Last Updated on December 11, 2019
Tracking your expenses to the penny seems cumbersome. However, if you want to grow your savings account or emergency fund without getting a second job, tracking your expenses to the penny is necessary.
Tracking expenses tells you the reality of your finances
Tracking expenses isn’t supposed to be a source of entertainment. It’s a tool for you to get acquainted with the reality of your financial situation. How much do you spend each month on food? Does it vary?
How much interest does your credit card collect each month? Is your debt increasing or decreasing each month?
If you don’t know exactly how much money goes out every month, you’re not managing your money with maximum efficiency.
The good news is having a savings account that earns interest can help you develop positive money saving habits by giving you a reason to budget, track, and save.
Grow your savings account with strategic planning
Saving money isn’t hard, but it does require planning. For instance, you won’t grow your savings account by tossing in random amounts of money whenever you feel like it.
When you save money that way, you’ll be more likely to pull money back out to cover expenses you forgot about. When you don’t budget for extras, you’ll have no problem swiping a hundred bucks here and there from your savings account.
The only way money will stay in your savings account is if you plan and budget to put it there. The only way to keep that money in your savings account is to budget for all other expenses so touching your savings account isn’t an option.
Efficient money management relies on exact calculations
To manage your money efficiently, you need to know exactly how much comes in and how much is required to go out.
Once you know those exact numbers you’ll know what’s left over. Then you can commit to putting a set percentage of that amount into your savings account each month.
If you don’t track your income and expenses to know how much money you can play with each month, you could be digging yourself further into debt without knowing it.
For instance, how many bills do you put off at the last minute because you somehow can’t pay them in full?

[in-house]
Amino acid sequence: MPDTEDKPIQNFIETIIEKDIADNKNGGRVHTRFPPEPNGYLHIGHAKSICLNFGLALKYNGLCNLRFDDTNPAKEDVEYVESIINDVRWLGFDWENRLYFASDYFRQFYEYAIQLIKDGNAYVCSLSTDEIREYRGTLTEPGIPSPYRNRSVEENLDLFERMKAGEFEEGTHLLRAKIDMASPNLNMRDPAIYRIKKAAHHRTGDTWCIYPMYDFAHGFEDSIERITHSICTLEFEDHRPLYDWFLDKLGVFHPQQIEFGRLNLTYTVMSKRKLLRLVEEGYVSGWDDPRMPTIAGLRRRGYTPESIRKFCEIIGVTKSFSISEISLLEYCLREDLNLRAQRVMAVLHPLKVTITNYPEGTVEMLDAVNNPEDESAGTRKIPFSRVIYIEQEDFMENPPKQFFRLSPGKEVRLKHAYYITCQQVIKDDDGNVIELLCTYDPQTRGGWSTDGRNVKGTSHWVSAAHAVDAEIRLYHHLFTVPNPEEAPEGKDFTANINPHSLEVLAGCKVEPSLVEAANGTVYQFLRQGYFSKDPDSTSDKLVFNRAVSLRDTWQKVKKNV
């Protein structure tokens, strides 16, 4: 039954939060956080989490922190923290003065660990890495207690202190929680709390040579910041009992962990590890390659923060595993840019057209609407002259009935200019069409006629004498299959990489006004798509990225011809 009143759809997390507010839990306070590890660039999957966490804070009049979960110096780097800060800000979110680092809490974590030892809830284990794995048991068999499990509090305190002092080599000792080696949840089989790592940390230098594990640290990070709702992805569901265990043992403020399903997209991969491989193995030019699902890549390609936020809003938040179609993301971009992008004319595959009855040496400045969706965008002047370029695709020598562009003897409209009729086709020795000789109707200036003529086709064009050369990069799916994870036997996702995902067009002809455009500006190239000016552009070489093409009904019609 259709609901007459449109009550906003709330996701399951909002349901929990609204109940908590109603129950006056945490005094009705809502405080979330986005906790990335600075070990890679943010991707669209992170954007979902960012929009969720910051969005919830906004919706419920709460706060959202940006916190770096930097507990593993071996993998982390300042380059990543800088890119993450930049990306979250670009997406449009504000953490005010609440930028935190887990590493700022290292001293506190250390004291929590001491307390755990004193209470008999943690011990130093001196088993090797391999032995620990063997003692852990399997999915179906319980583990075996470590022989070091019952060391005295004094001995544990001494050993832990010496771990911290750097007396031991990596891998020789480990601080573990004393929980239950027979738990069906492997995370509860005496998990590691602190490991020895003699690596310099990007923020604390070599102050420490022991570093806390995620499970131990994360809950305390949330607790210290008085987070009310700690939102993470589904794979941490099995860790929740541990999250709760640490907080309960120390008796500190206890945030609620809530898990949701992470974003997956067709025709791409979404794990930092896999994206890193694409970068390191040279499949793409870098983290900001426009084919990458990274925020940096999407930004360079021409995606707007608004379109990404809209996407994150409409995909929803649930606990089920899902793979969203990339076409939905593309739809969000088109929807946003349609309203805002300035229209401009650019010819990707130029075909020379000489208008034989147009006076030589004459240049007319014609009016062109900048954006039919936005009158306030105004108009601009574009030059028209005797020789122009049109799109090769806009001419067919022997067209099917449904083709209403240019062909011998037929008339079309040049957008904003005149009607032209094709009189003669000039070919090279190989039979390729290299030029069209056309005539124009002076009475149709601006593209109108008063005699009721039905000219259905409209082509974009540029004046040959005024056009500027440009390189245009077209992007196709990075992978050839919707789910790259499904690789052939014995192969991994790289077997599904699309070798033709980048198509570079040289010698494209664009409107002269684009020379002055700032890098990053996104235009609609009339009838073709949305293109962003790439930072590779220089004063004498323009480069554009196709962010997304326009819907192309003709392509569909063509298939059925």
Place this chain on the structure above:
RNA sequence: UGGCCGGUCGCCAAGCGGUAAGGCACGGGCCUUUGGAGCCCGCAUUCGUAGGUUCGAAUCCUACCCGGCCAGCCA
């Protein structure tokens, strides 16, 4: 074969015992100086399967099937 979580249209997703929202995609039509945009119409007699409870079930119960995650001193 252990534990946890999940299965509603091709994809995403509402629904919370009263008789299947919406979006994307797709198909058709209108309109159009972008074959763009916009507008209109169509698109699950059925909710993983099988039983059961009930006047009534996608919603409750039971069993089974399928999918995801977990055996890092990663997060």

When you track your income and expenses, you know well ahead of time if you’re going to be short. You’ll have time to make payment arrangements to avoid late fees, or find another source of funds.
If you aren’t tracking your finances to the penny, you’re probably not budgeting, which means you could be spending more than you need to.
For example, if you don’t have a set food budget for each month, it’s easy to spend an additional $200 or more at the grocery store without realizing it.
Without a budget, you think you’re only buying necessities, but on a budget, you’ll quickly pass on things you realize aren’t necessities.
Tips for tracking your finances
Start tracking your finances today with these helpful tips:
- Digitally track your finances. Create or download an Excel template to track your daily finances. Input all of your regular monthly bills and your other bills that occur less frequently. For instance, yearly web hosting, quarterly car maintenance, etc.
- Create a strict food budget. Gather past grocery receipts to find out what your food actually costs. Create a strict budget for the next month based on those prices and stick to it. You’ll probably need to cut out late night snacks and start planning your meals to make it work.
- Eliminate frivolous spending. Stop wasting money on things you don’t need, at least for a month. For instance, skip the drive-thru coffee every morning, bring your lunch to work, forego the $30 pizza nights, and don’t go looking for a new outfit every weekend. By eliminating frivolous spending, you’ll have more money left over to transfer to your savings account.
Give yourself time to get into a flow
It will take time to get used to tracking finances on a regular basis, so be patient with yourself while you develop the habit. In the end, you’ll have a bigger savings account and you’ll know exactly how to keep it growing.